Part two of Lily girl’s ordeal:
Lily went to the appointment with her neurologist. He performed a few tests including watching her walk and turning her feet over to see how long it took her to correct them. He did decide to do an MRI on her back. They had to heavily sedate her for the MRI so we knew the whole process would take most of the day. I sat around with a pit in my stomach waiting to get some news. I had to work that day, so Patrick took Lily to the vet. I must have called or texted ten times that day begging for some type of information. Waiting for that kind of news in emotionally draining. Finally, I received a devastating call from my husband. It was not a bulging disk, and it was not degenerative myelopathy… it was cancer. The vet found a large dark spot on the head of her femur while reading her MRI. He also found that her spinal tissue was degenerating a bit and she has hip dysplasia but these are nonissues with this form of cancer. Bone cancer, or osteosarcoma, in dogs is almost always fatal. The only decision is what measures to take to try to extend the time we have with her. We were given several options for Lily’s care. The first was to do nothing and make her as comfortable as possible which would come with a life expectancy of two months. Associated with this, we could get a chest x-ray to see if her cancer had metastasized. If it had her life expectancy would be cut in half. The next option was amputation which gave her more of a six month expectancy. Finally, we could amputate and do chemotherapy to extend her life another year or so. We decided to get a needle biopsy of the tumor to get a better idea of what we were working with and make a treatment decision based on those results. At the time, neither of us knew how to act. Lily was given very strong pain killers that left her loopy and whiney which made us even more sad for her. Patrick slept on the couch with her the first few nights. We moved a mattress upstairs to the living room so we could all lay on the floor with her while she slept. Gunner loved the new addition and thought it was a giant dog bed meant just for him, he clearly didn’t understand the real purpose of it. Then we tried to go about “normal” life. Let me tell you, normal life doesn’t exist when you know you only have a month or two with one of your best friends. You feel every minute. You watch tv for a bit and feel guilty that you aren’t sitting and petting her. You leave her alone to go to work and each hour hurts because you know it’s one of a very limited number of hours you have left. I’m sure many people don’t understand how I could feel this way about a dog. People receive devastating cancer diagnoses every day and family members have to feel the way I described I felt. But my pets are my family and struggling with the thought of losing time with one is incredibly painful. So, at this point in our crazy few weeks, we decided to wait for the biopsy and enjoy our last few months with our girl.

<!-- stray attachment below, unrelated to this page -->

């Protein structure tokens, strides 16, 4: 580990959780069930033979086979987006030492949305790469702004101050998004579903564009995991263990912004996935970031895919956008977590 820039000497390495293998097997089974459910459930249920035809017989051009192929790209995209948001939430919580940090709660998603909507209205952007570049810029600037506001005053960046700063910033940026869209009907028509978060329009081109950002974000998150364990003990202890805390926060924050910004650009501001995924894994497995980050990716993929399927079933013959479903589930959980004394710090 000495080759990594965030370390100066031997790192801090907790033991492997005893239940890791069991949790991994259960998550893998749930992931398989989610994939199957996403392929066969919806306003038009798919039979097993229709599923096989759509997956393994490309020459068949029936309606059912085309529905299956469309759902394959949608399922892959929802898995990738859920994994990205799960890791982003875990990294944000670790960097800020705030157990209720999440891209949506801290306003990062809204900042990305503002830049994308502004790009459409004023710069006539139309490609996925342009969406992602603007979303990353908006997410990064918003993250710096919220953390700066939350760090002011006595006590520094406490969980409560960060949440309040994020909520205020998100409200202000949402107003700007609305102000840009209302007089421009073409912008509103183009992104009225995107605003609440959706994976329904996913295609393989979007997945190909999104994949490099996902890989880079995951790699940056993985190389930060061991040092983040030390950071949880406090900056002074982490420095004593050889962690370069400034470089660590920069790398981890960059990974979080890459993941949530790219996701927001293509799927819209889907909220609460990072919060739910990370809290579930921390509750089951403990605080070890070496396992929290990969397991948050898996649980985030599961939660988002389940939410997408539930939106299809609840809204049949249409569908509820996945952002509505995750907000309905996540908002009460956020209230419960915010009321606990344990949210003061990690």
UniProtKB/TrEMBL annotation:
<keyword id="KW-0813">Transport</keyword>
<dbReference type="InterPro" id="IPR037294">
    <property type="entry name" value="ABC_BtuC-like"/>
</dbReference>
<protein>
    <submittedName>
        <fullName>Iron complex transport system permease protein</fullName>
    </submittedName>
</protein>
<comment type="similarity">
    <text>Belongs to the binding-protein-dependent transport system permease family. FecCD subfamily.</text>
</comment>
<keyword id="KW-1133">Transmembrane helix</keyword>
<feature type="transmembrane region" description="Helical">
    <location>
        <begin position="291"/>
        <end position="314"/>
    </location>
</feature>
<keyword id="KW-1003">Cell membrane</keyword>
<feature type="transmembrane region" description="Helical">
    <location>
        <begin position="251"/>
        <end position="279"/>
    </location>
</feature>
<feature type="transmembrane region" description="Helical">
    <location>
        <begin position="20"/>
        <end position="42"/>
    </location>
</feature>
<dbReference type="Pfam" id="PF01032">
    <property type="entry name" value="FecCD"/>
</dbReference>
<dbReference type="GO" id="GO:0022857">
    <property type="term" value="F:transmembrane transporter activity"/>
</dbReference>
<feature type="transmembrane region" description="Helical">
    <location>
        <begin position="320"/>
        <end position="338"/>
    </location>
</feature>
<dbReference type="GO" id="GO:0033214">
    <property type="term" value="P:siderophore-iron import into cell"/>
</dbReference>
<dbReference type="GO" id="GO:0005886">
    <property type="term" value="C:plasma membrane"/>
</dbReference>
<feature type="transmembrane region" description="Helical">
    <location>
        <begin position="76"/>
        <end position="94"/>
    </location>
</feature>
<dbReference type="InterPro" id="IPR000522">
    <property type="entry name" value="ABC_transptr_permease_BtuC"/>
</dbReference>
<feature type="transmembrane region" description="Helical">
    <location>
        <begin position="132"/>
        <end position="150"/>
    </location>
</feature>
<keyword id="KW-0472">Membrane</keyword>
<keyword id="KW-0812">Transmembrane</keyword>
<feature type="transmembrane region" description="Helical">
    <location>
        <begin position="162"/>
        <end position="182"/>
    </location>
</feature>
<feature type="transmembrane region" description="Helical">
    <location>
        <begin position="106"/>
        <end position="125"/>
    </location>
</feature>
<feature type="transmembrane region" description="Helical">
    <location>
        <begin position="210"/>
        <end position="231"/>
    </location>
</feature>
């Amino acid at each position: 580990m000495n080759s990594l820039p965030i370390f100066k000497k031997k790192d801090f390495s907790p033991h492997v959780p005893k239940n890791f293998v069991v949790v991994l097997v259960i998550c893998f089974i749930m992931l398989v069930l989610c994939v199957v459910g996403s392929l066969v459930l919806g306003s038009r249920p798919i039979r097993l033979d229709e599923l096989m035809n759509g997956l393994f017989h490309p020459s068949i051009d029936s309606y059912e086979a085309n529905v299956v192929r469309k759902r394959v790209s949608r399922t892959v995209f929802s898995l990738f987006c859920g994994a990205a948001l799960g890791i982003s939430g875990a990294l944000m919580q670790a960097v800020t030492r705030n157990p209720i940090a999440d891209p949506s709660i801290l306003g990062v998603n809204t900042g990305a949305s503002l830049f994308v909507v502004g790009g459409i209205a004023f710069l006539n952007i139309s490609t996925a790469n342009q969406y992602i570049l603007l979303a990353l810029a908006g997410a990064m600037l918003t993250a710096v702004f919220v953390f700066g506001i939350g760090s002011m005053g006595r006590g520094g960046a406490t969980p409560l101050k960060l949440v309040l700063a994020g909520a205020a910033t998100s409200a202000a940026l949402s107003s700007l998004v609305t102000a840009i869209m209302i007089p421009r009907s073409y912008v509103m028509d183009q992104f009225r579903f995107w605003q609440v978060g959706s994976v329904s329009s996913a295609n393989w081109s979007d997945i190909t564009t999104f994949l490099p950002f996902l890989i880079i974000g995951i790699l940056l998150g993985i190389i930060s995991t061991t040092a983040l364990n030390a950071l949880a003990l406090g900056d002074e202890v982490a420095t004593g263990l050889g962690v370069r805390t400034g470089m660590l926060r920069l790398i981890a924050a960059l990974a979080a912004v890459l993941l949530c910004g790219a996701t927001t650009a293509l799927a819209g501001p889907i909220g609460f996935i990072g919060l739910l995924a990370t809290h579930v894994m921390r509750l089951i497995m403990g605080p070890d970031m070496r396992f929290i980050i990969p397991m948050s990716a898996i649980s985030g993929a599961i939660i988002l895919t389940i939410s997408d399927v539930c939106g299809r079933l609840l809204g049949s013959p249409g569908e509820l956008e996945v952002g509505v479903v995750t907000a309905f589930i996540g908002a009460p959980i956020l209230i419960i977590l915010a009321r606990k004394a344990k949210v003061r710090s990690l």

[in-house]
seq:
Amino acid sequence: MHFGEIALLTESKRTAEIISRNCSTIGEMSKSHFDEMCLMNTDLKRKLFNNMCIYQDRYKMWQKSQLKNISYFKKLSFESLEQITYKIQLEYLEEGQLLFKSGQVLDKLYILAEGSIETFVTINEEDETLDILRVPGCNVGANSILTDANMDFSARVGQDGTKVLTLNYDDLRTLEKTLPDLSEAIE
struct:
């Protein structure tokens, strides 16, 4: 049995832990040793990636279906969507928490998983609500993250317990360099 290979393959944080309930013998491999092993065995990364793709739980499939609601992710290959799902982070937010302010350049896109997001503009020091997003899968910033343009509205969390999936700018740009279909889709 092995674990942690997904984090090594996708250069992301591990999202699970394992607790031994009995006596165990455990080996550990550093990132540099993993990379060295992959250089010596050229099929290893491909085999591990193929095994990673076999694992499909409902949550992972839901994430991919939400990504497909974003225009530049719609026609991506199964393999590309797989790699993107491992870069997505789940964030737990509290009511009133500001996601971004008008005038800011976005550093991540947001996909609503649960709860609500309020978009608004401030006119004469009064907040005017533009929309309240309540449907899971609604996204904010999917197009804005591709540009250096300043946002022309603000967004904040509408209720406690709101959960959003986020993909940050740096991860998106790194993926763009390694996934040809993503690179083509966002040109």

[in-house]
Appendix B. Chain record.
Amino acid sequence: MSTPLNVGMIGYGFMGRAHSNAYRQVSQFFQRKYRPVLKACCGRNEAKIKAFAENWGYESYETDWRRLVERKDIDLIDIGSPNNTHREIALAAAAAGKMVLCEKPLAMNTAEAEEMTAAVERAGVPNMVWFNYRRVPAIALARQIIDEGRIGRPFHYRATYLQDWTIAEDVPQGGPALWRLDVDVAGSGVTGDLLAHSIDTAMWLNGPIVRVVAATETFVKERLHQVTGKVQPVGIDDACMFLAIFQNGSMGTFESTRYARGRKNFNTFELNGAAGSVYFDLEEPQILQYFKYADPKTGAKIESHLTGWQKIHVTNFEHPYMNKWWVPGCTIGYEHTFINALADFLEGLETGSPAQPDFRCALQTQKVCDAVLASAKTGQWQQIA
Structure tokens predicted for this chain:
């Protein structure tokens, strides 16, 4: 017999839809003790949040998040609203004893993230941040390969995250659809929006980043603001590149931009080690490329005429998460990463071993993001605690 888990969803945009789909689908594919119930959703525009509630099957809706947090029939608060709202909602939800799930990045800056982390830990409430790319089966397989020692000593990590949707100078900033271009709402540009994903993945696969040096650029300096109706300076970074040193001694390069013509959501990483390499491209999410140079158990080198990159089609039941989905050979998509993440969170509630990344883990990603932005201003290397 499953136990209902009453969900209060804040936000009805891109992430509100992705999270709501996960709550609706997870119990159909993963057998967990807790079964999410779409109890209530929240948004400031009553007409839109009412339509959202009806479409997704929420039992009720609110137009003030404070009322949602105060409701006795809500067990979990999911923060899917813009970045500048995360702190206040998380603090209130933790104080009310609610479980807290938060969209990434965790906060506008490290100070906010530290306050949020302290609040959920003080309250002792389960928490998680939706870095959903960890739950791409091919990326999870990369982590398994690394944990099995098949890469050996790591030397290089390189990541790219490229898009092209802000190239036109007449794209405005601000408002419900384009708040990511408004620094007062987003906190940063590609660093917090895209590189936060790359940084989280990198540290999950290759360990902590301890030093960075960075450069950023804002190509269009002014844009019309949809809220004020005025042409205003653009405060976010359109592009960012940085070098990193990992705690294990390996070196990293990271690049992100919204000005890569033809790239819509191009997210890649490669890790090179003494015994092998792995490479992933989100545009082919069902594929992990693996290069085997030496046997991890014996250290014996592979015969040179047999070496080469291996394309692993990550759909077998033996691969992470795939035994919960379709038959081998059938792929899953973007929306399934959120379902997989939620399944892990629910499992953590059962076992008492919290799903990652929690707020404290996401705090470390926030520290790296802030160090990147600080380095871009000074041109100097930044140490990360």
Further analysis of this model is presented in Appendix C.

Don’t worry… this story is FAR from over.